A celebration of life: Community says goodbye to Hal Jackson
CYRIL JOSH BARKER Amsterdam News Staff | 6/7/2012, 4:28 p.m.
Celebration and remembrance filled the Riverside Church last Thursday as mourners gathered to say goodbye to radio royalty Hal Jackson. Known best for breaking racial barriers and becoming a staple to the New York radio market, he was one of the founders of Inner City Broadcasting Corp., which owns WBLS and WLIB
The Rev. Al Sharpton eulogized Jackson during the ceremony that brought out a who's who of notable radio broadcasters, elected officials and community leaders. Other speakers included former Mayor David Dinkins, Rep. Charlie Rangel and Imhotep Gary Byrd, as well as former winners of Hal Jackson's Talented Teens International.
Jackson's children and grandchildren also shared memories, including Tonya Gray, Eugene Harley and Jewel Jackson McCabe.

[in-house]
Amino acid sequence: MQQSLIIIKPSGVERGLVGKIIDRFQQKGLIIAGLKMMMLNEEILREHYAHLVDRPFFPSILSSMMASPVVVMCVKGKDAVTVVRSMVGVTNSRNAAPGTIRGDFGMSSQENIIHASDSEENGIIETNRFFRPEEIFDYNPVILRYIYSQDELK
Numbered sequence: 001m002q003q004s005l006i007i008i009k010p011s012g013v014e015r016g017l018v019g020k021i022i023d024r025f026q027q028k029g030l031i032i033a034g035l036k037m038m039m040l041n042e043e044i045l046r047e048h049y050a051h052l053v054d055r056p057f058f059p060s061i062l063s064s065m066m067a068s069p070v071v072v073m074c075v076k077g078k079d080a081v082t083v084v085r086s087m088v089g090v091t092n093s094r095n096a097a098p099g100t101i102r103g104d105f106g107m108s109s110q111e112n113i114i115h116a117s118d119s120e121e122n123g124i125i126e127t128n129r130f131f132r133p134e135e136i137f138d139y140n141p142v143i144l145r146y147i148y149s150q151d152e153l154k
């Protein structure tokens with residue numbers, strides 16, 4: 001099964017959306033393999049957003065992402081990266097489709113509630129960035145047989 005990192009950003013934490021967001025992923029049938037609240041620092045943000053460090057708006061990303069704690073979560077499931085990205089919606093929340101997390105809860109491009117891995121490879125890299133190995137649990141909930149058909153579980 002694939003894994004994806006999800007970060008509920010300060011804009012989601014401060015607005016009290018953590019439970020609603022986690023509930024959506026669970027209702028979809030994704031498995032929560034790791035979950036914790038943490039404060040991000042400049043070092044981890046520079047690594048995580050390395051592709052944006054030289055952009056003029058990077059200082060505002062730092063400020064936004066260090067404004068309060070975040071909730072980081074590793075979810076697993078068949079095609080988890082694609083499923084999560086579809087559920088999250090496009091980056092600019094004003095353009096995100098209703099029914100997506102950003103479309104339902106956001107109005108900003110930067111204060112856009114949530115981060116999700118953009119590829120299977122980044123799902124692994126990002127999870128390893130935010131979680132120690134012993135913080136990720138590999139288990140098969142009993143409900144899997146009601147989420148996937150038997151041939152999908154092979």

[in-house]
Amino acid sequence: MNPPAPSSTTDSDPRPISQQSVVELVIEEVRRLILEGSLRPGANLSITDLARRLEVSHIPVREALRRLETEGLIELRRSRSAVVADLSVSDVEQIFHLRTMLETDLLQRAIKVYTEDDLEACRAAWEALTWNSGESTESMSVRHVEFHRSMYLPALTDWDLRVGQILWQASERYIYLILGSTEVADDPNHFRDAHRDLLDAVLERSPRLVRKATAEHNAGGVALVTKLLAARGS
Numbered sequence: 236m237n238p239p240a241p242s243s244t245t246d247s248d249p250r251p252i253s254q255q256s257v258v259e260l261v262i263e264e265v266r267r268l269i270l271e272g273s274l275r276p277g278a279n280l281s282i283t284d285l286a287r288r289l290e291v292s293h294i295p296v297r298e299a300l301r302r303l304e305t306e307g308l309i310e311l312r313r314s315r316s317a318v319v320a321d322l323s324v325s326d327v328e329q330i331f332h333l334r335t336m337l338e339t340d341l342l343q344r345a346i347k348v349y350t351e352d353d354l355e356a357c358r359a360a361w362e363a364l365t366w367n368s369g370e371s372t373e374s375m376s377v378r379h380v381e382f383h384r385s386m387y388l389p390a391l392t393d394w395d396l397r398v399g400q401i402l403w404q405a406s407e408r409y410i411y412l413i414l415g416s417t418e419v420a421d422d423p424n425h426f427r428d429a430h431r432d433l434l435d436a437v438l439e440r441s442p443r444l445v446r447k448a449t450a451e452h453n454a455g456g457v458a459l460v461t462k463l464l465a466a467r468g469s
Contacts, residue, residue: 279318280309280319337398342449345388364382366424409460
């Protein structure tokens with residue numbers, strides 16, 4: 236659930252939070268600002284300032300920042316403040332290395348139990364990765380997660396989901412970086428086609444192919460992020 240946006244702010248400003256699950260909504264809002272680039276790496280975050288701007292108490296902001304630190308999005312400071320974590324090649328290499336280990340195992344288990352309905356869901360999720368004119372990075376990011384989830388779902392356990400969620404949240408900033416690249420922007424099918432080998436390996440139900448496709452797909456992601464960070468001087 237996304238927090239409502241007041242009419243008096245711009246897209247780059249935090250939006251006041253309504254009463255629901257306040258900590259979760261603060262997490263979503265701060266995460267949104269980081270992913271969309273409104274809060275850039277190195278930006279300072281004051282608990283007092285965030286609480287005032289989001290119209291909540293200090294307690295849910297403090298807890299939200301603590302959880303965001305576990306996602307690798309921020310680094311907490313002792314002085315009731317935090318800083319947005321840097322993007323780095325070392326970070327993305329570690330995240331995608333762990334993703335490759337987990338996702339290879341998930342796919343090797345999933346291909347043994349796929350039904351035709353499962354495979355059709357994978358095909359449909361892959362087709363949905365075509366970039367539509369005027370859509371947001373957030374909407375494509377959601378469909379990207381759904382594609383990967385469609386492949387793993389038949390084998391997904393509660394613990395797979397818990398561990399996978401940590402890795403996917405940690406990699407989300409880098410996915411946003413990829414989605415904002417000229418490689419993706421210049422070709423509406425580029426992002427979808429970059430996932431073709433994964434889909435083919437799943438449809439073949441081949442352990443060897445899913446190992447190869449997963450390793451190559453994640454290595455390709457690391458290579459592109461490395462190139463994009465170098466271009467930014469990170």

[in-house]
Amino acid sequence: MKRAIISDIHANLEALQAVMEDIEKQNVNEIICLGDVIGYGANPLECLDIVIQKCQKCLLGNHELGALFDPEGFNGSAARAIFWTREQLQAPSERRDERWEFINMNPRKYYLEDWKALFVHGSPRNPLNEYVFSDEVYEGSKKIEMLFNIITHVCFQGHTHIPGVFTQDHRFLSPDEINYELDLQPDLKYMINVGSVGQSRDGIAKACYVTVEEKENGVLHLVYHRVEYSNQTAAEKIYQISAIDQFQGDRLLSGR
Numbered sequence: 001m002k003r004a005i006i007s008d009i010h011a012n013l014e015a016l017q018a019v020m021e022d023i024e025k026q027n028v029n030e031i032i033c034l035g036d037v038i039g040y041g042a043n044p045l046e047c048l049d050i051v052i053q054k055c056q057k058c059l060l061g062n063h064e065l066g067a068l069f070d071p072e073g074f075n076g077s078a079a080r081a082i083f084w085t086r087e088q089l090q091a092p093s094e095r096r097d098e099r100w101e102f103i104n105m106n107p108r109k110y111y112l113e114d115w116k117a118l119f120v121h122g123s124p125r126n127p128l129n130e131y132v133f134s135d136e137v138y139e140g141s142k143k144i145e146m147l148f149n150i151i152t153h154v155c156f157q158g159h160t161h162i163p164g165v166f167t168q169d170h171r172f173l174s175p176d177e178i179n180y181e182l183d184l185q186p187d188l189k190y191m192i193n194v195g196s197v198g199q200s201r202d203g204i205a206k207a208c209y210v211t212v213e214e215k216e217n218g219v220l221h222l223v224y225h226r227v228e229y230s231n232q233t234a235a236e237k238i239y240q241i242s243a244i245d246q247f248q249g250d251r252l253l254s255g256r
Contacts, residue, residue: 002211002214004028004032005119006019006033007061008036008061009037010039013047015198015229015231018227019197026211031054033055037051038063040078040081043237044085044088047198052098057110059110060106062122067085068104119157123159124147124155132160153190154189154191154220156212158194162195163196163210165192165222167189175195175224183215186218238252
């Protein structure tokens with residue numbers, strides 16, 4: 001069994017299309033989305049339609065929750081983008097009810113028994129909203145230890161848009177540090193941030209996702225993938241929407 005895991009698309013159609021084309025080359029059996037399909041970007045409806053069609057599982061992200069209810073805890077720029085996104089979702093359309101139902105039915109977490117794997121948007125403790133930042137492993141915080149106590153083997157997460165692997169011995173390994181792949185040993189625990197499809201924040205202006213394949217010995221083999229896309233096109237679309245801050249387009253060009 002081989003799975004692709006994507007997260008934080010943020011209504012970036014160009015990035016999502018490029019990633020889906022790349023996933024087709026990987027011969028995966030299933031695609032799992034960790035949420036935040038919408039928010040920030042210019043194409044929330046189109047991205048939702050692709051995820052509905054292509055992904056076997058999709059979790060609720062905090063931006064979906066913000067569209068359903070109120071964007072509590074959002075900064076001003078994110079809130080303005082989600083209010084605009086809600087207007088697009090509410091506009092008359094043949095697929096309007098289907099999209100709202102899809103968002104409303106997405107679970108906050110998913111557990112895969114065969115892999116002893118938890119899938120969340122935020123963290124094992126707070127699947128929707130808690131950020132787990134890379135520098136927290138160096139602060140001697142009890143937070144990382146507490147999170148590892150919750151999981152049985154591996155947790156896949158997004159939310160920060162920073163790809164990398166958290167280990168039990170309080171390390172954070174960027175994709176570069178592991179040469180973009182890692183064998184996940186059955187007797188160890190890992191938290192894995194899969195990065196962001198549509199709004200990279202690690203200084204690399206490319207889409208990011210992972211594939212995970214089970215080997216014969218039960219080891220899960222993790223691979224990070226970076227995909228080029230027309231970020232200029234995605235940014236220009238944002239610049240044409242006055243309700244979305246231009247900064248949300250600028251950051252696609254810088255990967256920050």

Grammy Award-winning R&B singer Alicia Keys spoke at the service. She credited Jackson for being the first disc jockey to play her debut single, "Falling," in 2001. The song helped Keys earn three Grammys that year, including Song of the Year.
Musical tributes were made by Valerie Simpson, Melba Moore, Alyson Williams and Bishop Hezekiah Walker and the Love Fellowship Choir.
The Rev. Steven Phelps of the Riverside Church announced at the service that Jackson would be put into the Guinness Book of World Records as the longest running broadcaster in history. Just weeks before his death, he was on the air broadcasting his weekly show, "Sunday Classics." Phelps also read letters of condolence from Stevie Wonder and President Barack Obama.
Jackson died on May 23 from illness at the age of 97. He is survived by his wife, Debi Jackson, four children, nine grandchildren, eight great-grandchildren and one great-great-grandchild.